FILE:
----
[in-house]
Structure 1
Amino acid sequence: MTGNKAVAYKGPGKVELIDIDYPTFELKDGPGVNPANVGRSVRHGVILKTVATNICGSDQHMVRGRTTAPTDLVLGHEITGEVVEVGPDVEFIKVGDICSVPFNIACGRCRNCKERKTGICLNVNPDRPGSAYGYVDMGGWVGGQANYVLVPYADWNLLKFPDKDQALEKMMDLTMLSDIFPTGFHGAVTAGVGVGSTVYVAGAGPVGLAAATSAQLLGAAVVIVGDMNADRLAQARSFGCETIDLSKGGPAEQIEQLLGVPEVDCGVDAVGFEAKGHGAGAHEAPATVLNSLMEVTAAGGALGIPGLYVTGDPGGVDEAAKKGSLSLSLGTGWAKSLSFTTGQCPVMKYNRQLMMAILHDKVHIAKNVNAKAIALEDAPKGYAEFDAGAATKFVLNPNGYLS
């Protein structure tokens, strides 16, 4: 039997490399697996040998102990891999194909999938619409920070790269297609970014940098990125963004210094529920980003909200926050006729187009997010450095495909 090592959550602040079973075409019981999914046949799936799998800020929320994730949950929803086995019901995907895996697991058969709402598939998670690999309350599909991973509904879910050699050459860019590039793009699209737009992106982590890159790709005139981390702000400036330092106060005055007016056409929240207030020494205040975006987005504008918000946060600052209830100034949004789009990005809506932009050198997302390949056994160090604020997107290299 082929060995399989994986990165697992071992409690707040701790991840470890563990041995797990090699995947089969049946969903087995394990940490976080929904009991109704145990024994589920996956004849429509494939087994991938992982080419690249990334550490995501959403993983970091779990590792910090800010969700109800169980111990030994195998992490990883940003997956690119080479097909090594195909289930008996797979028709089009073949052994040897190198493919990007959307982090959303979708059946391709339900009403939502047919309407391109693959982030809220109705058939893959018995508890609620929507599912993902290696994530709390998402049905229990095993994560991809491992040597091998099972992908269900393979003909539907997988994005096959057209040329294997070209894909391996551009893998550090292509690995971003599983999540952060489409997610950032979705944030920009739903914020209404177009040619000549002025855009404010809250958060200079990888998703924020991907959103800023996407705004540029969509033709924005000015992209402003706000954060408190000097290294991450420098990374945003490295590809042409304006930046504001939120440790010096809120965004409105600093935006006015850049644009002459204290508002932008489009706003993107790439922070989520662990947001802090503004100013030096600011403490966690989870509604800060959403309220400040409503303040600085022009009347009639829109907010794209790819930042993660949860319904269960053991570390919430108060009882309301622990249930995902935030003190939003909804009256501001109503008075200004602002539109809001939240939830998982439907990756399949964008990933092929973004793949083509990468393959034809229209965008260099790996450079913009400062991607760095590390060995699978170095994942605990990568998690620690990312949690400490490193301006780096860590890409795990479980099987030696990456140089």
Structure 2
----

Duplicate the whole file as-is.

[in-house]
Structure 1
Amino acid sequence: MTGNKAVAYKGPGKVELIDIDYPTFELKDGPGVNPANVGRSVRHGVILKTVATNICGSDQHMVRGRTTAPTDLVLGHEITGEVVEVGPDVEFIKVGDICSVPFNIACGRCRNCKERKTGICLNVNPDRPGSAYGYVDMGGWVGGQANYVLVPYADWNLLKFPDKDQALEKMMDLTMLSDIFPTGFHGAVTAGVGVGSTVYVAGAGPVGLAAATSAQLLGAAVVIVGDMNADRLAQARSFGCETIDLSKGGPAEQIEQLLGVPEVDCGVDAVGFEAKGHGAGAHEAPATVLNSLMEVTAAGGALGIPGLYVTGDPGGVDEAAKKGSLSLSLGTGWAKSLSFTTGQCPVMKYNRQLMMAILHDKVHIAKNVNAKAIALEDAPKGYAEFDAGAATKFVLNPNGYLS
């Protein structure tokens, strides 16, 4: 039997490399697996040998102990891999194909999938619409920070790269297609970014940098990125963004210094529920980003909200926050006729187009997010450095495909 090592959550602040079973075409019981999914046949799936799998800020929320994730949950929803086995019901995907895996697991058969709402598939998670690999309350599909991973509904879910050699050459860019590039793009699209737009992106982590890159790709005139981390702000400036330092106060005055007016056409929240207030020494205040975006987005504008918000946060600052209830100034949004789009990005809506932009050198997302390949056994160090604020997107290299 082929060995399989994986990165697992071992409690707040701790991840470890563990041995797990090699995947089969049946969903087995394990940490976080929904009991109704145990024994589920996956004849429509494939087994991938992982080419690249990334550490995501959403993983970091779990590792910090800010969700109800169980111990030994195998992490990883940003997956690119080479097909090594195909289930008996797979028709089009073949052994040897190198493919990007959307982090959303979708059946391709339900009403939502047919309407391109693959982030809220109705058939893959018995508890609620929507599912993902290696994530709390998402049905229990095993994560991809491992040597091998099972992908269900393979003909539907997988994005096959057209040329294997070209894909391996551009893998550090292509690995971003599983999540952060489409997610950032979705944030920009739903914020209404177009040619000549002025855009404010809250958060200079990888998703924020991907959103800023996407705004540029969509033709924005000015992209402003706000954060408190000097290294991450420098990374945003490295590809042409304006930046504001939120440790010096809120965004409105600093935006006015850049644009002459204290508002932008489009706003993107790439922070989520662990947001802090503004100013030096600011403490966690989870509604800060959403309220400040409503303040600085022009009347009639829109907010794209790819930042993660949860319904269960053991570390919430108060009882309301622990249930995902935030003190939003909804009256501001109503008075200004602002539109809001939240939830998982439907990756399949964008990933092929973004793949083509990468393959034809229209965008260099790996450079913009400062991607760095590390060995699978170095994942605990990568998690620690990312949690400490490193301006780096860590890409795990479980099987030696990456140089």
Structure 2